Anyone who has ever practiced yoga knows what that means. Child’s pose. Kneeling with toes untucked. Upper body hinged over the hips with arms outstretched and forehead resting against the mat. Breathing. In and out. In. And. Out. We are told it’s a recovery position, a safe place.
Whenever we are feeling overwhelmed with another position, or even if the position is not just clicking, we can find rest in something we already know. However, it is far from being a static position. We can still learn a lot. We feel our spine lengthen with every inhale, relaxing our shoulders and space opens up with each breath. On exhale, we can try and fill that space, feeling the stretch in our hips and reaching farther with our hands, changing the focus from our palms to our fingertips. A seemingly subservient position, bowing down to the world, humbles us but also reminds us of our strength. We know what our body can do and what it can’t, and we make the choice to be in this position. That is the main lesson yoga has taught me. It reminds me that we all have limitations, and sometimes we can work through them then and there, but other times we need to take a step back and work through the process. With practice, we can ultimately gain the strength or mobility needed to perform those positions that give us a hard time. Most of all, it reminds me of the power that each of us has within us to surmount obstacles and navigate treacherous storms that may appear during our lives.
All of us are stronger than we give ourselves credit. Maybe it’s just me, but I think we tend to minimize our accomplishments and inflate the accomplishments of others. We are always comparing ourselves to the best, and that can make us feel weak. Each of us has something to offer, but the problem is that we forget. However, there are ways to remind us of that strength. As I already mentioned, yoga is one of those things. I am a person that can get easily distracted, and I have trouble quieting the inner noise. I have tried meditation on and off over the years and have difficulty adapting to the stillness.
While working with a collaborator for my master’s thesis in Japan, I attended a meditation session at a Buddhist temple in Kyoto. The first thing the instructor did was to make sure to quell any expectations that we had for ourselves. He told us that meditation was not a perfect state that we could force ourselves into, but it was the process of sitting with ourselves and experiencing that moment, whether it was silence or noise.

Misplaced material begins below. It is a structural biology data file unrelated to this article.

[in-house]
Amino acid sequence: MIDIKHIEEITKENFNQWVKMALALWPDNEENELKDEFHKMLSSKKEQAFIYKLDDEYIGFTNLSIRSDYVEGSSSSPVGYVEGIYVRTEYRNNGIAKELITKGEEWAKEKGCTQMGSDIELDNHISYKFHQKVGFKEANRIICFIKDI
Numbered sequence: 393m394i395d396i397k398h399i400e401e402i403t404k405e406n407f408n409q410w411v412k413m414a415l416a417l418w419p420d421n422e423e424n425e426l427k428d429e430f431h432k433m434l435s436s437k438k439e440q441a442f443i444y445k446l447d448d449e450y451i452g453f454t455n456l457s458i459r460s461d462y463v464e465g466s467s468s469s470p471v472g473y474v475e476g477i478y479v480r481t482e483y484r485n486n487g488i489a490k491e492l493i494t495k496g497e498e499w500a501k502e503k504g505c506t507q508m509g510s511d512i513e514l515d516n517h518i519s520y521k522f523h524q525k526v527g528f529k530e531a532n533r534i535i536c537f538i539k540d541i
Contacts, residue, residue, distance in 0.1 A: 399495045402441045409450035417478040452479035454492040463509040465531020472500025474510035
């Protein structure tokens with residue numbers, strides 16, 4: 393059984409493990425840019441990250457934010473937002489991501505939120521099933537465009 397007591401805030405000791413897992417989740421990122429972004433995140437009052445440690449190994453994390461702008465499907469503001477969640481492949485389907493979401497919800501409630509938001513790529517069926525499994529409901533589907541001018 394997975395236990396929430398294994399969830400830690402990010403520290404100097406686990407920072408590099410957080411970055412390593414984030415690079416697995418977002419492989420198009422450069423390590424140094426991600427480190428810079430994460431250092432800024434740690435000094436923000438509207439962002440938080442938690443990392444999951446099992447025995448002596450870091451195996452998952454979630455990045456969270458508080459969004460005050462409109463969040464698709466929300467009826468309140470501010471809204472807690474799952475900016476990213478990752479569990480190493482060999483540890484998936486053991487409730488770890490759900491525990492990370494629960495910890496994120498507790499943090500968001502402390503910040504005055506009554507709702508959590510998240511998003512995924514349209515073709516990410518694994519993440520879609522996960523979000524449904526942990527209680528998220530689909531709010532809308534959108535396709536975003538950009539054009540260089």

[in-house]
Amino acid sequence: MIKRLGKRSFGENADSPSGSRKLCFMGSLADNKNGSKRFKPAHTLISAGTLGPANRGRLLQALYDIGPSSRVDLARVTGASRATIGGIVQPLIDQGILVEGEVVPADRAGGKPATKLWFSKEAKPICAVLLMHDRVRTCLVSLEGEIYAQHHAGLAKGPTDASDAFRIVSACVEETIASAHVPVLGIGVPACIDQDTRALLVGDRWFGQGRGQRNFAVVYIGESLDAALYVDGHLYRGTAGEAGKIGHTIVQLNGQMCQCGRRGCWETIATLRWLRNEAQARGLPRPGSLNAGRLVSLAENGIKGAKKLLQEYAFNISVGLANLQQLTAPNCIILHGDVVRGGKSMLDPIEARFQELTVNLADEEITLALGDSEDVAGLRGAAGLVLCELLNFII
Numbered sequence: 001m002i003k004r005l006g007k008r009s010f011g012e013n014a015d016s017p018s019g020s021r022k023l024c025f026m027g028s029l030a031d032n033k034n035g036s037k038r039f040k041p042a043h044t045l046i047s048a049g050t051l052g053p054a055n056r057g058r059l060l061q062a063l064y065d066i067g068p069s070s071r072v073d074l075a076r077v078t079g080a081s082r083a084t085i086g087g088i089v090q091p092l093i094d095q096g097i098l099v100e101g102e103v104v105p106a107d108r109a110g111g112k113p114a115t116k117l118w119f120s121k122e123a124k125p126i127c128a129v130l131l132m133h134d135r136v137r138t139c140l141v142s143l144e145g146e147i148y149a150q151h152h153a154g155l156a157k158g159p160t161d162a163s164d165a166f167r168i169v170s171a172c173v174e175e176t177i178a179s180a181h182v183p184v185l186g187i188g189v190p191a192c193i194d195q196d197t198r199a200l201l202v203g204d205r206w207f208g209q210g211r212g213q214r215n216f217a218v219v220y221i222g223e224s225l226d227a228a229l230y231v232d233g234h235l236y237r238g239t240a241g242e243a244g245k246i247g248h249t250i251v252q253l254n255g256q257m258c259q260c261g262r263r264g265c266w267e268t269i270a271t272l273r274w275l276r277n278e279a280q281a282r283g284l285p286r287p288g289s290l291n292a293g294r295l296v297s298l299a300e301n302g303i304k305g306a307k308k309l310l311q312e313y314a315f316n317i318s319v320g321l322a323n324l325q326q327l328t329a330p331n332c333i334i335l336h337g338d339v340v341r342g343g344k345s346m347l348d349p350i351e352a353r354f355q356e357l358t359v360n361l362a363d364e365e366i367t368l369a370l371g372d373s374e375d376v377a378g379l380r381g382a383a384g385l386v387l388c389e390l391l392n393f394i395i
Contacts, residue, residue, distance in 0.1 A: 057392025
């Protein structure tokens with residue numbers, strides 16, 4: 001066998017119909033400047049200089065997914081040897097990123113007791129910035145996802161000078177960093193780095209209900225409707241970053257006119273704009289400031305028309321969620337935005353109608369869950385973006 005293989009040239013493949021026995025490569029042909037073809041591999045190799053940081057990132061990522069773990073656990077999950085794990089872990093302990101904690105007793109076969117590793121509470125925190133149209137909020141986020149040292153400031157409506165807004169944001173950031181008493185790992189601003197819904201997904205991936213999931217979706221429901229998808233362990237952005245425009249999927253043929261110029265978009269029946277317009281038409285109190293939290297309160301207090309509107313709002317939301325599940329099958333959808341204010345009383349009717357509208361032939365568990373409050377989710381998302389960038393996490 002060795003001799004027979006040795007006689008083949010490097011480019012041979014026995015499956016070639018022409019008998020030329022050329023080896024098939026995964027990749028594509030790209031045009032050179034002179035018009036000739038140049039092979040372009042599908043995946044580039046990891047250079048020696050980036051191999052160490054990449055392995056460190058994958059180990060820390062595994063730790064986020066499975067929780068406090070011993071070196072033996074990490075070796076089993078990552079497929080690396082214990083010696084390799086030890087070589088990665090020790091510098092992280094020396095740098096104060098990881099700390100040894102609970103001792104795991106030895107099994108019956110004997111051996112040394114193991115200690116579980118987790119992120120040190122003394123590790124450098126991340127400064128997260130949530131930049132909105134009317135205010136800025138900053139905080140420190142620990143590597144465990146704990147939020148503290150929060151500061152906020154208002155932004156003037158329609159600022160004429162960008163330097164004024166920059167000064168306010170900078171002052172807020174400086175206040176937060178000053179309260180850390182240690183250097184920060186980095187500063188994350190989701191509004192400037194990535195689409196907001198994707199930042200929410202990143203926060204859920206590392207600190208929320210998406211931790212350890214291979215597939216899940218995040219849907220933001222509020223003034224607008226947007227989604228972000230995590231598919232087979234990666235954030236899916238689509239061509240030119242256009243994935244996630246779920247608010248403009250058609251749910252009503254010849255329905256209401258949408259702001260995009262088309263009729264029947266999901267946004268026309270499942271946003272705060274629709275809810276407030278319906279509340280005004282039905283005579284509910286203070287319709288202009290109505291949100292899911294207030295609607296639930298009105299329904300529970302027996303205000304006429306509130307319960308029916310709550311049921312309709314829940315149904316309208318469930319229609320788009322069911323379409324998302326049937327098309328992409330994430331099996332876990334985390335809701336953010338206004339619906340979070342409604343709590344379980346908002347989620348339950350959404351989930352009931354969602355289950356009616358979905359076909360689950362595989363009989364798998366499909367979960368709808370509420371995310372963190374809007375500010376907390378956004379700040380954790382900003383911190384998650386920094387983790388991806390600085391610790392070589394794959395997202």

Fast forward to now, and even equipped with that understanding, I still can’t last beyond 10 minutes. I lose track of my breath and start staring out the window, wondering what the weather is going to look like and what I’m going to make for dinner. Yoga, on the other hand, with its basis in movement, allows me to focus on the meditative aspects while quieting the mind. Sometimes it’s a matter of necessity. When I’m caught balancing on one leg in warrior three, any distraction will knock me off my feet, whereas focusing on my breath allows me to remain on the task at hand. So, after a 30-minute session, when I finish up in Shavasana, I find that I’m physically and mentally exhausted, and this opens up a unique moment where I can just be present.
As the years go by, I notice that, contrary to expectations, I have less and less control. There are some things we can change, and others are systemic problems that need change on a larger scale. By learning to deal with these issues in a healthy way, we can give ourselves back some control and regain our mental and physical health. Now, consider if child’s pose grounds us during our practice; let whatever makes you feel strong be what grounds us during our day. In the mornings, sometimes after my warm shower, I quickly switch the knob to cold and whisper to myself, “you are strong.” Other than the health benefits of cold showers, this reminds me of my inner strength and allows me to take on the day. If my body can withstand the cold water, a sensation so strong that it causes us to gasp and makes us want to jump out of our skin, then the rest of the day should be a piece of cake, right? Don’t forget, you are strong. Now let’s meet in child’s pose and welcome the day.
Steven Meas is a medical student.
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